BAC HOME LOANS SERVICING, LP, f/k/a COUNTRYWIDE HOME LOANS SERVICING, LP, Appellee,
KIM E. MITCHELL, Appellant
Reversed and remanded.
Where a debtor's first appearance in a defaulted mortgage proceeding was posttrial, with a motion to vacate based on defects in the substituted service which had been attempted, the debtor had made a waiver, but it was prospective only and did not retroactively validate earlier orders entered without personal jurisdiction, which should be vacated.
For Kim E. Mitchell, Appellant: Mr. Daniel John Voelker, Ms. Tricia Lynn Putzy, Voelker Litigation Group, Chicago, IL.
For BAC Home Loans Servicing, Appellee: Ms. Amy Elizabeth Breihan, Mr. Steven Russel Smith, Ms. Ashley Hattrishe Nall, Bryan Cave LLP, Chicago, IL.
JUSTICE KILBRIDE delivered the judgment of the court, with opinion. Chief Justice Garman and Justices Freeman, Thomas, Karmeier, Burke, and Theis concurred in the judgment and opinion.
[¶1] In this case, we consider whether a party's waiver of objections to the circuit court's personal jurisdiction applies retroactively to validate orders entered prior to the party's submission to the court's jurisdiction. The appellate court held that the waiver applied both prospectively and retroactively. For the following reasons, we hold that a party's waiver of personal jurisdiction is prospective only and does not serve to validate retroactively orders entered by the circuit court without personal jurisdiction. Accordingly, we reverse the appellate court's judgment and remand to the circuit court for further proceedings.
[¶2] I. BACKGROUND
[¶3] Defendant, Kim E. Mitchell, executed a promissory note with Countrywide Home Loans, Incorporated, in the amount of $75,400. The note was secured by a mortgage on defendant's home in Chicago. Approximately four years later, plaintiff BAC Home Loans Servicing, LP, formerly known as Countrywide Home Loans Servicing, LP, filed a complaint to foreclose the mortgage.
[¶4] The special process server's affidavit states defendant was served with summons and complaint by substituted service on November 14, 2009. According to the affidavit, a copy of the process was left at defendant's residence with her daughter, Michelle Foreman, who also lived at the residence.
[¶5] Defendant did not answer the complaint. Plaintiff mailed defendant a notice stating it intended to move for entry of a judgment of foreclosure and sale on June 9, 2010. On June 3, 2010, plaintiff filed a motion for order of default, a motion for judgment of foreclosure and sale, and a motion to appoint a selling officer. On June 9, 2010, the circuit court of Cook County granted plaintiff's motions, entering an order of default, an order appointing a selling officer, and a judgment for foreclosure and sale.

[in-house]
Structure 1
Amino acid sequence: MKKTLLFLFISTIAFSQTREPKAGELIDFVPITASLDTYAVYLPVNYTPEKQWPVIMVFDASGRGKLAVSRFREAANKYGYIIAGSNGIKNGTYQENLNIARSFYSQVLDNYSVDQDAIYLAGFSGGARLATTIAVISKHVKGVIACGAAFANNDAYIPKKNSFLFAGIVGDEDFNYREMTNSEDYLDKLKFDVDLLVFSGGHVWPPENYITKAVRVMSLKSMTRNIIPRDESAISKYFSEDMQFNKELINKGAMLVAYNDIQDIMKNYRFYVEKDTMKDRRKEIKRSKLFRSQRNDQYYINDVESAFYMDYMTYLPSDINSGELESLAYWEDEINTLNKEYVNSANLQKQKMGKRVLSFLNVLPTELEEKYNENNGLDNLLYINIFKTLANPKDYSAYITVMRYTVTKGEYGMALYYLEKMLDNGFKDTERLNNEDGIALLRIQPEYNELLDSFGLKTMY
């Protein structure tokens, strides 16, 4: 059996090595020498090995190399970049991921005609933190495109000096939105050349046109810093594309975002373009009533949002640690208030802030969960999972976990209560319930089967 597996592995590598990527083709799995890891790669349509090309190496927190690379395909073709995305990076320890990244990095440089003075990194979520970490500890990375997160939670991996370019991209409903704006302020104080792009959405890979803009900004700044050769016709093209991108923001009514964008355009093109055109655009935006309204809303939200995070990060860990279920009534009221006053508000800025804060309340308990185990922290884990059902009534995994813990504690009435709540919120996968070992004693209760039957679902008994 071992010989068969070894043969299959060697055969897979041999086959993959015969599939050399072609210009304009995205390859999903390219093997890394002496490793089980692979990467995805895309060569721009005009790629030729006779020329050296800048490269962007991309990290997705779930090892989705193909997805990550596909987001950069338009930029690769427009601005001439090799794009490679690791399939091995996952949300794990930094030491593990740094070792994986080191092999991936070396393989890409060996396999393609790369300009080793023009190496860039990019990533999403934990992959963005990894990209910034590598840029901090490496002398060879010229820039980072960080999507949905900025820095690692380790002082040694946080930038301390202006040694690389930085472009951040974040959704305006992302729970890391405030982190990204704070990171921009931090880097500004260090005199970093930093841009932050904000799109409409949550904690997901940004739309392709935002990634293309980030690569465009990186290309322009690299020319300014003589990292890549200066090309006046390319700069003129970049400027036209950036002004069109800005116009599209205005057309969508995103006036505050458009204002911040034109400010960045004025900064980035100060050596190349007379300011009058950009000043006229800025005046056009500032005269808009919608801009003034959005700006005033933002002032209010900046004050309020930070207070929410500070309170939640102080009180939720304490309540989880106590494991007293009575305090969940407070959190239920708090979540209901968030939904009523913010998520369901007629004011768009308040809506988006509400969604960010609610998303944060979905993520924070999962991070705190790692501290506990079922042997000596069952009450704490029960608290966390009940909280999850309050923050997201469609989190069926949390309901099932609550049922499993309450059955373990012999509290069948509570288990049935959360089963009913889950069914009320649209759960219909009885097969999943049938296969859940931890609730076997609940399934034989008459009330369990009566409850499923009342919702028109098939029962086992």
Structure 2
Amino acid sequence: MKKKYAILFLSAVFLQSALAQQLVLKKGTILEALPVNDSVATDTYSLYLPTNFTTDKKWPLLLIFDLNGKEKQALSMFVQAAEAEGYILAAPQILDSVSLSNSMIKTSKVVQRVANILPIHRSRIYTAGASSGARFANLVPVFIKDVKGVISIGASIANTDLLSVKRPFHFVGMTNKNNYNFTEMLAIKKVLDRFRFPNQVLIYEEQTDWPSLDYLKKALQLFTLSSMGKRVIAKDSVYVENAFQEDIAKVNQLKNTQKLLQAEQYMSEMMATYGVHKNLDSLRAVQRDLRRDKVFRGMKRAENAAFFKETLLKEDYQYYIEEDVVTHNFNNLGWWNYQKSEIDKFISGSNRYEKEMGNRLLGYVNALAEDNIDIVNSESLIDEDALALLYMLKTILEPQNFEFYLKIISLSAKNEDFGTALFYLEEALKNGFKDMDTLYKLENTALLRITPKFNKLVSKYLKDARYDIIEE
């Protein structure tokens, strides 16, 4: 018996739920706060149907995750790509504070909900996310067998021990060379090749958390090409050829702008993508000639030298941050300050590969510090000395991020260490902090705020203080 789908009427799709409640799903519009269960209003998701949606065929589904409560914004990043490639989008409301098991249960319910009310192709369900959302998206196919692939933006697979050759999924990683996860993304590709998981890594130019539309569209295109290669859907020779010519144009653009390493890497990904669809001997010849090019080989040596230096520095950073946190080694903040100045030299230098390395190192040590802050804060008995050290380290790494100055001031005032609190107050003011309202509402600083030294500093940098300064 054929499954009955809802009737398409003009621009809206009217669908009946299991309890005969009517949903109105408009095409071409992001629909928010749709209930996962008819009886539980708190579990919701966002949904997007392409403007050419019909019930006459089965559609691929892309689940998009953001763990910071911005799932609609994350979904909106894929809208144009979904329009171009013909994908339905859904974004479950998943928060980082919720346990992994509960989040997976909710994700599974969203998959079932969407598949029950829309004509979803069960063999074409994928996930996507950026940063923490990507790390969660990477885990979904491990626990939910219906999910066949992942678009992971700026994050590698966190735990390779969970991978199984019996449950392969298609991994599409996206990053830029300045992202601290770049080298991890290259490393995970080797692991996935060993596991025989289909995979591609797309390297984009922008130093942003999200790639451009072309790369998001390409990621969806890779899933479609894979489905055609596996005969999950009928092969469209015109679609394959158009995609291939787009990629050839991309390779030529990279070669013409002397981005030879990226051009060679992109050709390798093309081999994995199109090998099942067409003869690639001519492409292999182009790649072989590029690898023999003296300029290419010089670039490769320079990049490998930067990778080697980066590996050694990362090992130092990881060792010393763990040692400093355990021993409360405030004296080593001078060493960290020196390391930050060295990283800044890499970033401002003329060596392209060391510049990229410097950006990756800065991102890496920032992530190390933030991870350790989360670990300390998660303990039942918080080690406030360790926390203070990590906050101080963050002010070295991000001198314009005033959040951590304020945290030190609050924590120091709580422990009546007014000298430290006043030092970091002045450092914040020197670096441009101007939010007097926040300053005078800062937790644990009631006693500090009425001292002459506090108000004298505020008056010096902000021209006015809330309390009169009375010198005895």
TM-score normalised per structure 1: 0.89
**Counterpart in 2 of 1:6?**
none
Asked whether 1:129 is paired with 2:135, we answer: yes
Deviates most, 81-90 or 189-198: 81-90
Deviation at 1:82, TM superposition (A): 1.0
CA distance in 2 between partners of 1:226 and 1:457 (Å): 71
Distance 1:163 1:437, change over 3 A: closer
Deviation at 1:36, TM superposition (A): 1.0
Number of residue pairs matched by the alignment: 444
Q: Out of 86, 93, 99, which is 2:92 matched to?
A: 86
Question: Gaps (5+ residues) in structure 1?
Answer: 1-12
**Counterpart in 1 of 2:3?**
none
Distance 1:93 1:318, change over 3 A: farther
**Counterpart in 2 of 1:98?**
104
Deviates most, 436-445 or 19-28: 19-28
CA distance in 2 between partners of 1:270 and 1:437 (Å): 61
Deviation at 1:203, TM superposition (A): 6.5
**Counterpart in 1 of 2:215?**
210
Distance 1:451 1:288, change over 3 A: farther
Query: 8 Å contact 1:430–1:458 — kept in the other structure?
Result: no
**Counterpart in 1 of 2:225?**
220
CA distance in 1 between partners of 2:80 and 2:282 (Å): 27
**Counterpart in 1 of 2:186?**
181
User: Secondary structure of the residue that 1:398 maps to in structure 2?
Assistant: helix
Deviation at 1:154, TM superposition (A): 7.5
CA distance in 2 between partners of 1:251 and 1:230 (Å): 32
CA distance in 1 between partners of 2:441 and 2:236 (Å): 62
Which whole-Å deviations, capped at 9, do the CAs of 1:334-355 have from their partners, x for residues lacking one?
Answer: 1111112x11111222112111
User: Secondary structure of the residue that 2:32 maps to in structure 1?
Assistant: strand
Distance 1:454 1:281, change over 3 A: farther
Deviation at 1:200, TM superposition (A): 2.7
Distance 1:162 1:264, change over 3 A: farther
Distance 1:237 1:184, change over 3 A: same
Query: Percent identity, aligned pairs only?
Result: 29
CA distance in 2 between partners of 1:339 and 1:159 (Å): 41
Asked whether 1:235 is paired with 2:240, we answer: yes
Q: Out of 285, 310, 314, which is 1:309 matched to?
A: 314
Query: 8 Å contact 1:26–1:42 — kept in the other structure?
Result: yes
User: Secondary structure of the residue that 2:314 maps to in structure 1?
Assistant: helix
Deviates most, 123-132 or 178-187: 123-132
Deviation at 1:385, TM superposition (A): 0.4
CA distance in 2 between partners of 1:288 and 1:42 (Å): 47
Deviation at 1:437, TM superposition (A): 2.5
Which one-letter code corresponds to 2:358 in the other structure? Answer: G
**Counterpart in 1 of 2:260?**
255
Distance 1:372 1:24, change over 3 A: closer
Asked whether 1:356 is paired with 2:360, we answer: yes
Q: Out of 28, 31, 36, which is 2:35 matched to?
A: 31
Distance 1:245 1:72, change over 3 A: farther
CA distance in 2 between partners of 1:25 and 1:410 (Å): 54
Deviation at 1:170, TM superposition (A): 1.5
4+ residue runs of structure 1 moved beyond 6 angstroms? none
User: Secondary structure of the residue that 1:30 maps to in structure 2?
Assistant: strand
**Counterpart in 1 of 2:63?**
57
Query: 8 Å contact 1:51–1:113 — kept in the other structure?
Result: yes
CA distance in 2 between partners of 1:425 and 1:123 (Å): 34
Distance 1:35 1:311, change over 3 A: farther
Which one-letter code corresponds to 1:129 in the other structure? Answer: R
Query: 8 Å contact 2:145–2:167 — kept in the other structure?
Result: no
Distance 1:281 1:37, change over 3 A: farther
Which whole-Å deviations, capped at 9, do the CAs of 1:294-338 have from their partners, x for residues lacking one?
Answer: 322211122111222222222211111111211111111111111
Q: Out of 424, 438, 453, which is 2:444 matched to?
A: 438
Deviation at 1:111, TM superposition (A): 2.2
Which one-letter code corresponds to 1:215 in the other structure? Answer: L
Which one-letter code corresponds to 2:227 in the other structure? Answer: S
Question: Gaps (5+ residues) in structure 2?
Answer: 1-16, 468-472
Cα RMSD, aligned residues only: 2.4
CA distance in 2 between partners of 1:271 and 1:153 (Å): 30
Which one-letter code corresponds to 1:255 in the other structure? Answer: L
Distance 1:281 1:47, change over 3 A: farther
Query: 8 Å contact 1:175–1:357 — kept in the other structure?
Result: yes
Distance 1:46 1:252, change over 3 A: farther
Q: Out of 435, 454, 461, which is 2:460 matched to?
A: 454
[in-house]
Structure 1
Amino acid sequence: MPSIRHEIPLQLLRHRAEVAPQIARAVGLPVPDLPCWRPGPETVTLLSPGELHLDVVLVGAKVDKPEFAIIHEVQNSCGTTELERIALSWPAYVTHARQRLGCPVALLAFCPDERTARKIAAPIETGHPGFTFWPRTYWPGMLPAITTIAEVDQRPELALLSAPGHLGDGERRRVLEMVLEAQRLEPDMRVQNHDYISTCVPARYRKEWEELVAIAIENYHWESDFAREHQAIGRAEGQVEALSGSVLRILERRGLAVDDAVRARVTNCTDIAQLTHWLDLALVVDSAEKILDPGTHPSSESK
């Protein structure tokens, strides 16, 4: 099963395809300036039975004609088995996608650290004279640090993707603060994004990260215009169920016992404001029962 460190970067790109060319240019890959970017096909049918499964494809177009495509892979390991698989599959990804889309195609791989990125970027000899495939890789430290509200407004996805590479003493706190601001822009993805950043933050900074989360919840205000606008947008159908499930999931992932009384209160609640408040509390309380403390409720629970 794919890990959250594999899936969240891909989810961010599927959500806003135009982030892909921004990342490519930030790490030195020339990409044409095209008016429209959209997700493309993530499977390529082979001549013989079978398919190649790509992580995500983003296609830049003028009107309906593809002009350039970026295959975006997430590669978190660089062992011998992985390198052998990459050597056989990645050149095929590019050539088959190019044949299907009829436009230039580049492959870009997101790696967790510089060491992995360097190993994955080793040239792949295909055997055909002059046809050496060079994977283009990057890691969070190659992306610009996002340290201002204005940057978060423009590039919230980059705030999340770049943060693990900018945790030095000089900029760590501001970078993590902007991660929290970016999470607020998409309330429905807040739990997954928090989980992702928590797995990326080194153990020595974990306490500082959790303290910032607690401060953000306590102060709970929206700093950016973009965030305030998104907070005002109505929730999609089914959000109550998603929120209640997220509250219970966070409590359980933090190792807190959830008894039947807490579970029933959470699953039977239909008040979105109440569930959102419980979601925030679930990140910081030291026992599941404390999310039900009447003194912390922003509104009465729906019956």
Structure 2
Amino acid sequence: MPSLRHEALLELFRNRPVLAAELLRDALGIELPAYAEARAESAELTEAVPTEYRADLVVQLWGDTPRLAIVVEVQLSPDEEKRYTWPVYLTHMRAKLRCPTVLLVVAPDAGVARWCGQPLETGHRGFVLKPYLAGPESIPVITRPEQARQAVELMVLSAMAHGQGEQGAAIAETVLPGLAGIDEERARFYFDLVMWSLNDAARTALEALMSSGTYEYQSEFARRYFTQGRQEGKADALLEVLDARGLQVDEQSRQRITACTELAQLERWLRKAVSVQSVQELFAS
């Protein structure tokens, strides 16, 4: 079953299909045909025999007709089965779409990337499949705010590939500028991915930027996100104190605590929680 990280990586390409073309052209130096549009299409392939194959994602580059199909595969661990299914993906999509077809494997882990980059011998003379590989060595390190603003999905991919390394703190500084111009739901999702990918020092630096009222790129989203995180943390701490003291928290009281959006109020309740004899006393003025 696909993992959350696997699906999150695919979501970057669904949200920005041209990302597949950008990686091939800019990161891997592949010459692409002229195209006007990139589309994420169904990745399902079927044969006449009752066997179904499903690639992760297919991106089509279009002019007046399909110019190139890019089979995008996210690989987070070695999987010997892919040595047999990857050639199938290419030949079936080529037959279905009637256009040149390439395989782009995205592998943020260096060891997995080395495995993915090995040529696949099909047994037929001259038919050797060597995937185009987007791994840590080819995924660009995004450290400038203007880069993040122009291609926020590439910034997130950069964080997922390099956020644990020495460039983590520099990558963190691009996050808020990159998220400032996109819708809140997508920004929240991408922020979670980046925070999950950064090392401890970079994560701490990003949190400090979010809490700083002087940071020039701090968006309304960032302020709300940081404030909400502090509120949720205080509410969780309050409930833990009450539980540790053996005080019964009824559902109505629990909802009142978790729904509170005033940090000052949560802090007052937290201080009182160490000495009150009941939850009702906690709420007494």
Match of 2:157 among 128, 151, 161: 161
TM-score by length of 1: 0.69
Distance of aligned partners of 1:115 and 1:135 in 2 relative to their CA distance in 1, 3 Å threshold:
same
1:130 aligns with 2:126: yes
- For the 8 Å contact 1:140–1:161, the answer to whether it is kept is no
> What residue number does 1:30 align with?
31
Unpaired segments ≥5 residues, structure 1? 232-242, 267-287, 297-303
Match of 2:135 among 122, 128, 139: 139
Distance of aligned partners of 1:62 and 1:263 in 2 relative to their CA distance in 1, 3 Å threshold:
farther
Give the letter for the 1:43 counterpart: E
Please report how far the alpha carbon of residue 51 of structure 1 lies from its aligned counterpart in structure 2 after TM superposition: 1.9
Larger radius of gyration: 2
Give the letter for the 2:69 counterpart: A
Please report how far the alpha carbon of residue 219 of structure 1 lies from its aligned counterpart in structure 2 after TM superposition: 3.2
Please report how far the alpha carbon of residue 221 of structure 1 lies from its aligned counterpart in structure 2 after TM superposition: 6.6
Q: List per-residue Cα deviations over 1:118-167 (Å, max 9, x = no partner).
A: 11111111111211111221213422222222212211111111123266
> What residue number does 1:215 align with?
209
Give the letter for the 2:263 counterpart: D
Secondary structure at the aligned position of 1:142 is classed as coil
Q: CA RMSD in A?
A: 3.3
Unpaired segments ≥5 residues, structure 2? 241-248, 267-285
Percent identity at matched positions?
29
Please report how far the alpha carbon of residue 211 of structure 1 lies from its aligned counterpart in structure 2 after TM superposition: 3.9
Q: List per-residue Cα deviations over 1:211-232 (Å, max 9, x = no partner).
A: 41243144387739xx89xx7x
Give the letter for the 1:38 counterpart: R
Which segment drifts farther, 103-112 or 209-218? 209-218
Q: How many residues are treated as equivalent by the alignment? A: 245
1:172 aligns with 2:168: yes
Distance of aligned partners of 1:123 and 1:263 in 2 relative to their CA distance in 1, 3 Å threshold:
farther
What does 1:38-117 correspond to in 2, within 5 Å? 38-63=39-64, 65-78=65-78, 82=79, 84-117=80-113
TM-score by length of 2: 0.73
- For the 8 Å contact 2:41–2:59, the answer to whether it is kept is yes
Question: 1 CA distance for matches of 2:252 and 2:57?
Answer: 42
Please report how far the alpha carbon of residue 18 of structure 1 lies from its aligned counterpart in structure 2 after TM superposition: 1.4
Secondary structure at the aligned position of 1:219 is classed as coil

[¶6] A notice of sale was mailed to defendant's address and a judicial sale was held on September 13, 2010. On August 2, 2011, plaintiff filed a motion for an order confirming the report of sale and distribution and for possession. Notice of the motion was mailed to defendant. The circuit court entered an order confirming the sale on September 14, 2011.
[¶7] On October 12, 2011, defendant filed an appearance and a motion to vacate the circuit court's September 14, 2011, order confirming the report of sale and distribution and for possession. Defendant asserted " to the best of her knowledge" she was never served with summons, she did not receive notice of the motion for default judgment, she was informed by plaintiff that a loan modification had been approved, and she did not receive notice of the September 14, 2011, order. Defendant
asked the court to vacate the order " in the interest of justice."
[¶8] Defendant later withdrew her motion and filed a motion to quash the September 14, 2011, order or, in the alternative, a petition for relief fro judgment under section 2-1401 of the Code of Civil Procedure (735 ILCS 5/2-1401 (West 2010)) and section 15-1508 of the Illinois Mortgage Foreclosure Law (735 ILCS 5/15-1508 (West Supp. 2011)). Defendant essentially repeated the allegations of her previous motion to vacate. Defendant added that " justice was not done, and the sale of her home was fraudulent and a due process violation." The motion was stricken without prejudice. Defendant refiled her motion the following day, this time attaching exhibits referenced in the motion.
[¶9] In its response to the motion, plaintiff asserted defendant was served by substituted service on November 14, 2009. Plaintiff attached a copy of the affidavit of service. The affidavit stated substituted service was made by:
" leaving a copy of this process at [defendant's] usual place of abode with: Michelle Foreman (Relationship) Daughter, a person residing therein who is of the age of 13 years or upwards and informed that person of the contents thereof and that further mailed a copy of this process in a sealed envelope with postage paid addressed to the defendant at his/her usual place of abode on 11-17-09."
[¶10] Defendant filed a reply, asserting the substituted service was defective because she does not have a daughter. Defendant asserted her only child is a son named William Mitchell and she does not know anyone named Michelle Foreman. ...